Would you line up for hours to see Michelangelo’s David at the Accademia or Bellini’s Birth Of Venus at the Uffizi, or would you really prefer to attack ‘La Bistecca’ with gusto? I will leave that decision to the reader. You may regret making the wrong decision as Bistecca Alla Fiorentina is not just a steak!

Paolo Tavuzzi, International Food Writer

Florence, 12 September 2014
Paul

 

How to Score Great Dining Deals for Less

Gone are the days when the definition of a good meal was food that simply kept people’s bellies full. Food culture is on the rise, with the huge success of food shows, foodie websites and food festivals; few people can say that a delicious meal doesn’t make their day! And of course, a good dining experience is made all the more enticing if a great discount or reduced price can be enjoyed. Here’s how to score some of the best dining deals in town.

Browse coupon and daily deals websites for dining specials
Websites such as scoupon.com.au, coupon.com.au, cudo.com.au and livingsocial.com.au are chock full of dining discounts and deals. Now and then you’ll find a real gem at a lauded local restaurant or a hot new bar or pub. For instance, you can have lunch or dinner at a great discount at Watts on Crown in Surry Hills.

The best time to scout around for deals is the lull between major holiday seasons like Christmas and Easter. Put yourself on their mailing lists if you don’t mind receiving regular promotional emails as it’s a great way to be the first to find out about the latest deals.

Take advantage of food festivals
All year round, food festivals all over Australia celebrate specific dishes, cast the spotlight on up and coming restaurants and tantalise hungry visitors with exciting degustation menus.

If you’re keen to try new cuisines and tastes and want the luxurious experience of dining at upmarket restaurants without breaking the bank, take advantage of food festivals such as Taste of Melbourne, as well as Good Food Month, which spans the entire month of October each year and is Australia’s biggest food festival.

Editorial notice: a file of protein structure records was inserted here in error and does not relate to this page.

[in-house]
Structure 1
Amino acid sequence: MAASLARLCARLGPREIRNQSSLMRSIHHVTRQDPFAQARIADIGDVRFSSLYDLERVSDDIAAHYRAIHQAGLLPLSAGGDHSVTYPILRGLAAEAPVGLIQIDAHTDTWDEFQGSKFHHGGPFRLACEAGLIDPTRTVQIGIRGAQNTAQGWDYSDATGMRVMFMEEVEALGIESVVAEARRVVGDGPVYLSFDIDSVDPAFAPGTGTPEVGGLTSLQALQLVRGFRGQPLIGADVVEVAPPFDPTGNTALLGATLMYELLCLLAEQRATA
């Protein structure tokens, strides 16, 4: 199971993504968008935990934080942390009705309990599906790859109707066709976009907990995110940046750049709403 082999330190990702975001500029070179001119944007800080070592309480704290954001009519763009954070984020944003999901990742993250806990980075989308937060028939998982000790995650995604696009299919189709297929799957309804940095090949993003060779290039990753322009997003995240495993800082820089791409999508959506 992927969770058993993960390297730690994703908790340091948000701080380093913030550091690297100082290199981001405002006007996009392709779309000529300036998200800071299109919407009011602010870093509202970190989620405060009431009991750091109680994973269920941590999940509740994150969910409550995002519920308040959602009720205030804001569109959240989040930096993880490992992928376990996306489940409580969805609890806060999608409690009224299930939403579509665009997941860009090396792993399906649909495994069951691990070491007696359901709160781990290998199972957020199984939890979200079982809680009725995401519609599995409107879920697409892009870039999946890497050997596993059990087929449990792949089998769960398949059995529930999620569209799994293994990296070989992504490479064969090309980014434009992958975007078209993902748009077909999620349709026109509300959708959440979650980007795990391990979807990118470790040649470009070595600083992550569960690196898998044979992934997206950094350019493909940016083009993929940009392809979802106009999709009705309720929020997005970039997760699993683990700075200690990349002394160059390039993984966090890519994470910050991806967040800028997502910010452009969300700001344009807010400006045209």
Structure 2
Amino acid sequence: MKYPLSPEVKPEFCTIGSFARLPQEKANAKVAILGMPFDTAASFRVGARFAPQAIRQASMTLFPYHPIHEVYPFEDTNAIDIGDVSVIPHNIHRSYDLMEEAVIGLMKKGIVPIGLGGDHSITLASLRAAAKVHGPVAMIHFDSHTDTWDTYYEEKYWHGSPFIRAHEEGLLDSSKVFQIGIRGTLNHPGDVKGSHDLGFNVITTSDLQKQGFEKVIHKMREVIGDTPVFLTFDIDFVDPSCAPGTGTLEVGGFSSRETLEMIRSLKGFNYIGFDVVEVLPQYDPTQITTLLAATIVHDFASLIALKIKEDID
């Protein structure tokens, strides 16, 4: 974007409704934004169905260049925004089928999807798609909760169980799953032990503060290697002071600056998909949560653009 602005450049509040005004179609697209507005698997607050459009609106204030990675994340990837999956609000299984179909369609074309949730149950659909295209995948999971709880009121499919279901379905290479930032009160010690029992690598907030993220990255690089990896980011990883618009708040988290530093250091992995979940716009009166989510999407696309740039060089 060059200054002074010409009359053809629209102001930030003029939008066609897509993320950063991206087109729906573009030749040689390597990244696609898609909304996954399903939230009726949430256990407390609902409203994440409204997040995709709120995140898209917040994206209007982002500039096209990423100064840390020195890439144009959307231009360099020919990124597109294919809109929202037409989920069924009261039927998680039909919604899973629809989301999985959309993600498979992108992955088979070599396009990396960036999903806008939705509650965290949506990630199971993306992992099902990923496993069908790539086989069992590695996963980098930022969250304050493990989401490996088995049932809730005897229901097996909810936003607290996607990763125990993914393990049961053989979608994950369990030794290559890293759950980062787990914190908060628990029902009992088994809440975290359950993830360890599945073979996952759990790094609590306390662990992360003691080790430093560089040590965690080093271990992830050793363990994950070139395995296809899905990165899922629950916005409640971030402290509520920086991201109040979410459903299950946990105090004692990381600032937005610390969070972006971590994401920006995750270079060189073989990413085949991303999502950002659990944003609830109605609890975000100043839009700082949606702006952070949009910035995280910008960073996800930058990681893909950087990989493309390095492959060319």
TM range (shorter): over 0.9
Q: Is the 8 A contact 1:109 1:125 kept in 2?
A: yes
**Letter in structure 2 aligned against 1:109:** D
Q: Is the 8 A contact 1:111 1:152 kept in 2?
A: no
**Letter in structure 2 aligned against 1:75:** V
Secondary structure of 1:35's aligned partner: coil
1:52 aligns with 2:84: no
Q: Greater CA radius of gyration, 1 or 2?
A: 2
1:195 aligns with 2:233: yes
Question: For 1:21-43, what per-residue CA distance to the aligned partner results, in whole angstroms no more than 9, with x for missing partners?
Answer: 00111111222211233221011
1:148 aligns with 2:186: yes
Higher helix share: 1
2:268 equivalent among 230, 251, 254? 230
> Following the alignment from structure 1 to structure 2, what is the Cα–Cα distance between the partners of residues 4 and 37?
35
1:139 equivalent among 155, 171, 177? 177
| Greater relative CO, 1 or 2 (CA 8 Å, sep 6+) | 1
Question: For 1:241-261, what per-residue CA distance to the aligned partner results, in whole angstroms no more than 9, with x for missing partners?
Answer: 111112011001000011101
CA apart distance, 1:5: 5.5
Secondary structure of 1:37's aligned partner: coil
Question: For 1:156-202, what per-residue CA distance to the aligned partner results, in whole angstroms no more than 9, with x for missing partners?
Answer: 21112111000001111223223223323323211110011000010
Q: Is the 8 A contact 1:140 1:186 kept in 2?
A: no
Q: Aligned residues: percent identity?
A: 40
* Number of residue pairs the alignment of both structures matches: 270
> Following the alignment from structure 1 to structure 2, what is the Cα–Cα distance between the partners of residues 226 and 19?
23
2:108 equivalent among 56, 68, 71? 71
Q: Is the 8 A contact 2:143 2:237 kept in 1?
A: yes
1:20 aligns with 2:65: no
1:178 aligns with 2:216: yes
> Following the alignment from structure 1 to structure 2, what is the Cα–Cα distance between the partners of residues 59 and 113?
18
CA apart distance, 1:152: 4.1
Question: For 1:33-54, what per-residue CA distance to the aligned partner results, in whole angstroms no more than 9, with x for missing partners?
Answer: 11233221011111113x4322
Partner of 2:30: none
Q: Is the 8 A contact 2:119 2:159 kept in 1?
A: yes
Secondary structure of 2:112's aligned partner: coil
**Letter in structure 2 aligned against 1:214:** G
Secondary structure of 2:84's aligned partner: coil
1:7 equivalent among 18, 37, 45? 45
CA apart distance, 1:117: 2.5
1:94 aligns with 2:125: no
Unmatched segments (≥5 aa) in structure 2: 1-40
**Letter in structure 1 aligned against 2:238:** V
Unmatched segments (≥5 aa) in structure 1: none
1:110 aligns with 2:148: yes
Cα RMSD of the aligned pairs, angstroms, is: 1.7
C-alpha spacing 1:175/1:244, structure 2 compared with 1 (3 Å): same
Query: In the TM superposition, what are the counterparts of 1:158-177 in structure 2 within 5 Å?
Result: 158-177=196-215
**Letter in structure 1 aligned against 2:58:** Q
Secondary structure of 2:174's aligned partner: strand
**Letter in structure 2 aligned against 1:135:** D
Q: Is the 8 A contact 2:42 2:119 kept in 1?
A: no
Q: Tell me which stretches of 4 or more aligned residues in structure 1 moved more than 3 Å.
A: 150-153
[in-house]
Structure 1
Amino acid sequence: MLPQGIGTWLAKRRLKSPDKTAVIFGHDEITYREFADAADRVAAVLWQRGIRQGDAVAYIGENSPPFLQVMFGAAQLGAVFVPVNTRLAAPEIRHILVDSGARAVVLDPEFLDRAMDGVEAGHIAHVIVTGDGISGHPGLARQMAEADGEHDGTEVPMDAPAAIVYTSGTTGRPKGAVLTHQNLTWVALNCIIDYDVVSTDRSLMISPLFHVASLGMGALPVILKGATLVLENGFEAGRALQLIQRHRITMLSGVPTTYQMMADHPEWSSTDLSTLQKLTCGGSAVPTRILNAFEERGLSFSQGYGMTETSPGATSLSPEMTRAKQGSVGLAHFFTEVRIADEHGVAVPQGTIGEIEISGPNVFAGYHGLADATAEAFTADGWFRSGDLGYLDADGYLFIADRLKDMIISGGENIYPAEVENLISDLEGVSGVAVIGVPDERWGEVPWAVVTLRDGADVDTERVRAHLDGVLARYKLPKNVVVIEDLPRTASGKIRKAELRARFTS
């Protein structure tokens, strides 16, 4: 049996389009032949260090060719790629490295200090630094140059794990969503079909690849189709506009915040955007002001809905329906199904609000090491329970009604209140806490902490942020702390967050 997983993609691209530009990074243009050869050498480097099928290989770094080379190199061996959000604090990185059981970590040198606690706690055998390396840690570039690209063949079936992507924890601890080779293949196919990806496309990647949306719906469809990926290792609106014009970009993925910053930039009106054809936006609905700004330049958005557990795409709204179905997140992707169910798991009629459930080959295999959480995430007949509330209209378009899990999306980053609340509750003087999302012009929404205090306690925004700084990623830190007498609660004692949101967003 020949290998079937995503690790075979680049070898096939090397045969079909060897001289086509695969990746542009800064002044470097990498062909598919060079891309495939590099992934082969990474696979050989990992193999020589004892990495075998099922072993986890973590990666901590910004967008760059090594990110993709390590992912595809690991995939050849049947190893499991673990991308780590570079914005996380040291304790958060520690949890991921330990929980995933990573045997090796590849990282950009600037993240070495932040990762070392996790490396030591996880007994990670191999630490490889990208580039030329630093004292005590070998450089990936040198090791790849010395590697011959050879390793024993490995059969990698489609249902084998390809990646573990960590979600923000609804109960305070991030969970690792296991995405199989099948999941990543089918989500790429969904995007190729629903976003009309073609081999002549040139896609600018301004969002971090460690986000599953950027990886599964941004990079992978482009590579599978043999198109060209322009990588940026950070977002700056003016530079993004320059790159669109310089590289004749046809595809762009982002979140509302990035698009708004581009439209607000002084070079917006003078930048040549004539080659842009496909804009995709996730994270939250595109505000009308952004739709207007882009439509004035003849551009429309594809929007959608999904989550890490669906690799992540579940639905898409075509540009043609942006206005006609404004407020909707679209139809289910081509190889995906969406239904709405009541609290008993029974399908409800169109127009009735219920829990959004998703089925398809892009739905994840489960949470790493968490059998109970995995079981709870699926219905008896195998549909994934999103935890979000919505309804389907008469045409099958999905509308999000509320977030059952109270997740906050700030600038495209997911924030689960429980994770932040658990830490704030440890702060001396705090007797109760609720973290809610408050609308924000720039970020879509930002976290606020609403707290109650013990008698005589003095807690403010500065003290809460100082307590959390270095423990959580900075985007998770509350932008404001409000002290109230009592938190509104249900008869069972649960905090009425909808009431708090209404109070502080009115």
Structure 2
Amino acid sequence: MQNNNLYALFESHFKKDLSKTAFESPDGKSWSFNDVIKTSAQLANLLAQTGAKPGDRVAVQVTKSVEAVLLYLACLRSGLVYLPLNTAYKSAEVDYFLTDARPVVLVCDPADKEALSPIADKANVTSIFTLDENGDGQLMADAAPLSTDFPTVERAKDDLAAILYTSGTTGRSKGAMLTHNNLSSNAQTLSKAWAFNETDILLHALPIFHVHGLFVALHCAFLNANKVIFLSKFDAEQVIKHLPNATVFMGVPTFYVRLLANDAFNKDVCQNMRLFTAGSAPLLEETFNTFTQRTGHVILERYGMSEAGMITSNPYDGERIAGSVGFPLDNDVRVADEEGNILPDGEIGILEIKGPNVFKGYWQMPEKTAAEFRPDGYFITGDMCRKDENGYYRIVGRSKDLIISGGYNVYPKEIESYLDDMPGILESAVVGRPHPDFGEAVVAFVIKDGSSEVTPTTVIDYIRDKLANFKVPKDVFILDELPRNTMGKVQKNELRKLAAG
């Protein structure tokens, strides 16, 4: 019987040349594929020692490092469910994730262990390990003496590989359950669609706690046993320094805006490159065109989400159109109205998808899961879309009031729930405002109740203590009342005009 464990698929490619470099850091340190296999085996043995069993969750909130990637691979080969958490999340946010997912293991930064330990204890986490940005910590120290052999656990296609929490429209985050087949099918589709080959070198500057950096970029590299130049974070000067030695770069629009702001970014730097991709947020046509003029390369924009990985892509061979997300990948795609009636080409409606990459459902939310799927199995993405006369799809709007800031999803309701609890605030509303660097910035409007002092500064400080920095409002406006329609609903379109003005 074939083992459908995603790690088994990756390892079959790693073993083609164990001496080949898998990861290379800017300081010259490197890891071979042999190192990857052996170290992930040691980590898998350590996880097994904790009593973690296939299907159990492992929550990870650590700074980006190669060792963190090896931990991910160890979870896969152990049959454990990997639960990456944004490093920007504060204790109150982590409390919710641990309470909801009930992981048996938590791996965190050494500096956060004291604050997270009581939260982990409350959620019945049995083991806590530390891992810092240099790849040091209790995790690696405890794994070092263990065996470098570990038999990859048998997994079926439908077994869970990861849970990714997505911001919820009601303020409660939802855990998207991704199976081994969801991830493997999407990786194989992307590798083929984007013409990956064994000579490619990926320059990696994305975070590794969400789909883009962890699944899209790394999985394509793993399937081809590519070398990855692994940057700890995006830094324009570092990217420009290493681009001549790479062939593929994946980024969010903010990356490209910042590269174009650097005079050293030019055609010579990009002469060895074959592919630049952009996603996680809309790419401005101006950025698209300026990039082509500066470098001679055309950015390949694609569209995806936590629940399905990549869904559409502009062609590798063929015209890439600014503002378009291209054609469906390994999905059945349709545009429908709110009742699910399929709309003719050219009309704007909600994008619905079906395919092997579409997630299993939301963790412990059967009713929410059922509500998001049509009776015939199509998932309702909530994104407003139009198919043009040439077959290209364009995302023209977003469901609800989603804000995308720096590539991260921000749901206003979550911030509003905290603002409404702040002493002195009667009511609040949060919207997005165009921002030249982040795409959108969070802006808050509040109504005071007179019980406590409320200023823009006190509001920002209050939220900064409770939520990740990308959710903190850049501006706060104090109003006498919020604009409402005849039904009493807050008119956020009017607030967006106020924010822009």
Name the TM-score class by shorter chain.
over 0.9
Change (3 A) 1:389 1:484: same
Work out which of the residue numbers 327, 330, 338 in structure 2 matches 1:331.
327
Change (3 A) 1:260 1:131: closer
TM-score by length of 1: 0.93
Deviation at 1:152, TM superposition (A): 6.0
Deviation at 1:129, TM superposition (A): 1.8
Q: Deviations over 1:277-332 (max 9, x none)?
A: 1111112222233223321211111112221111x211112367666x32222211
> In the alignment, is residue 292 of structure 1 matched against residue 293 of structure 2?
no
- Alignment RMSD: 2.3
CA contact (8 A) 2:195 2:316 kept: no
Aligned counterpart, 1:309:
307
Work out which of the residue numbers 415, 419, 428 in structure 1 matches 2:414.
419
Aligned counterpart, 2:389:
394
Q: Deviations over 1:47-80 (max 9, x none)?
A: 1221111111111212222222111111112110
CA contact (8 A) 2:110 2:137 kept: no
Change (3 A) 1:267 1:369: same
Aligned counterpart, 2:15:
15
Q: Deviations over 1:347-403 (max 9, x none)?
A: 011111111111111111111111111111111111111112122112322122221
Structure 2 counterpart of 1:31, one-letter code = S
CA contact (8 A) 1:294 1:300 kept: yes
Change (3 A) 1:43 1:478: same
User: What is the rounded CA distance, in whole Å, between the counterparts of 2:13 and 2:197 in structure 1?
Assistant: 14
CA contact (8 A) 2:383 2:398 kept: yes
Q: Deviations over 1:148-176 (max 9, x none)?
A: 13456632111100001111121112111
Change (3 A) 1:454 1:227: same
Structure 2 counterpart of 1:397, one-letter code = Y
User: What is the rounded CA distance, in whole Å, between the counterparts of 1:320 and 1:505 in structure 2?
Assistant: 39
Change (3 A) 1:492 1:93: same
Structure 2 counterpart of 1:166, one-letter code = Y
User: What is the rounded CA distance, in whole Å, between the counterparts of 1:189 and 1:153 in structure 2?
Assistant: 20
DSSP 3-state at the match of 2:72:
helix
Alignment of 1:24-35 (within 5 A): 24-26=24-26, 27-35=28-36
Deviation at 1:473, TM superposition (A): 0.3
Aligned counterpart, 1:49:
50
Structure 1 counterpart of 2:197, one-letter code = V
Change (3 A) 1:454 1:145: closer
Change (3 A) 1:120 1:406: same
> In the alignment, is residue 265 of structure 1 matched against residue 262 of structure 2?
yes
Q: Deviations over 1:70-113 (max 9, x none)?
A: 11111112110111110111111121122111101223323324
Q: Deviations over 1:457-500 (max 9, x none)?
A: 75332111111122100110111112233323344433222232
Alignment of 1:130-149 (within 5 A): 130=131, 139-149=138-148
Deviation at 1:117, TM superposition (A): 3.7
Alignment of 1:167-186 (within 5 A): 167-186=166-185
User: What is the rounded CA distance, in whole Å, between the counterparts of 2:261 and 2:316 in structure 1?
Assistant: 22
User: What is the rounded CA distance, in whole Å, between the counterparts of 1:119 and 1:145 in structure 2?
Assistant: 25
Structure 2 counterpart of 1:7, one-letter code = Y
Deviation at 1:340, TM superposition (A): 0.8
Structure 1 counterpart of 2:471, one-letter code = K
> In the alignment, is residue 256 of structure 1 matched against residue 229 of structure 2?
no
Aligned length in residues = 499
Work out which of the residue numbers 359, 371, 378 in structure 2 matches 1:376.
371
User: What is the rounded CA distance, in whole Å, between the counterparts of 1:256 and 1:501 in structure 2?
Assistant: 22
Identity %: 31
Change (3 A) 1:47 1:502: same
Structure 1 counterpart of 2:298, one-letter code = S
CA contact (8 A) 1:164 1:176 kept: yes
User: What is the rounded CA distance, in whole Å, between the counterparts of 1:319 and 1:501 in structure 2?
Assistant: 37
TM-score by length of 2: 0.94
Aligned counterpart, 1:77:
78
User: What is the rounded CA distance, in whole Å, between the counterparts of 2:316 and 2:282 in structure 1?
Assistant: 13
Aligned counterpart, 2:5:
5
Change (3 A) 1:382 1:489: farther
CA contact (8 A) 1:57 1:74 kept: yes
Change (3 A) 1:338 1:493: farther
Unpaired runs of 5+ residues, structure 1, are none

During Good Food Month, top local and international chefs, restaurants, producers and food and wine experts descend upon the city in a four week-long culinary fiesta. If you’ve always wanted to sample the set menu at establishments such as The Star’s signature Sydney restaurants, Balla, Black and Sokyo, now it is your chance to score mouth-watering lunch menus for $38 only.

Sokyo at The Star

Sokyo at The Star

Scout out deals and packages if you’re attending a show or tour
Lots of restaurants located near major entertainment venues or in tourist precincts participate in tie-ups or offer specific deals that can save you time and money.

If you’re taking in a performance at the Sydney Opera House, enjoy a range of pre-show and dinner offers before and after the show. Likewise, catch a performance at the Sydney Lyric theatre or a concert at the Star Event Centre and enjoy fantastic pre-show dining offers.

At The Rocks, the Sydney precinct located right next to many famous attractions such as the Harbour Bridge climb, Luna Park and various museums, local hotels offer excellent packages such as the enticing Stay and Dine Package at Boutique Hotel Harbour Rocks, including accommodation, a hearty breakfast and dinner. Melbournians can enjoy a special Italian pre-show dinner package throughout the entire opera season at Tram Bar, which turns into an Italian pizzeria just for the occasion.  Australia’s major cities are home to many irresistible food and beverage establishments, and deals and offers that enable diners to enjoy discounts at all types of eateries from casual cafes to fine dining restaurants abound. So keep your eyes peeled and always be on the alert for fantastic deals and packages.

 

 

 

Best Restaurants has relaunched!!

We’ve been telling you for months “the best is yet to come” and now, it’s here with a fresh design, new features and a faster interface! The NEW Best Restaurants is not only easier to use, but it’s jam-packed with Top 10 features, the latest restaurants, hole-in-the-wall bars and quirky cafes. With our new “Where the Best Chefs Eat”, we’ve gone straight to the experts – the chefs themselves—to discover their favourite spots for everything from big breakfasts to late-night feasts.

Best Restaurants is better than ever

Best Restaurants is better than ever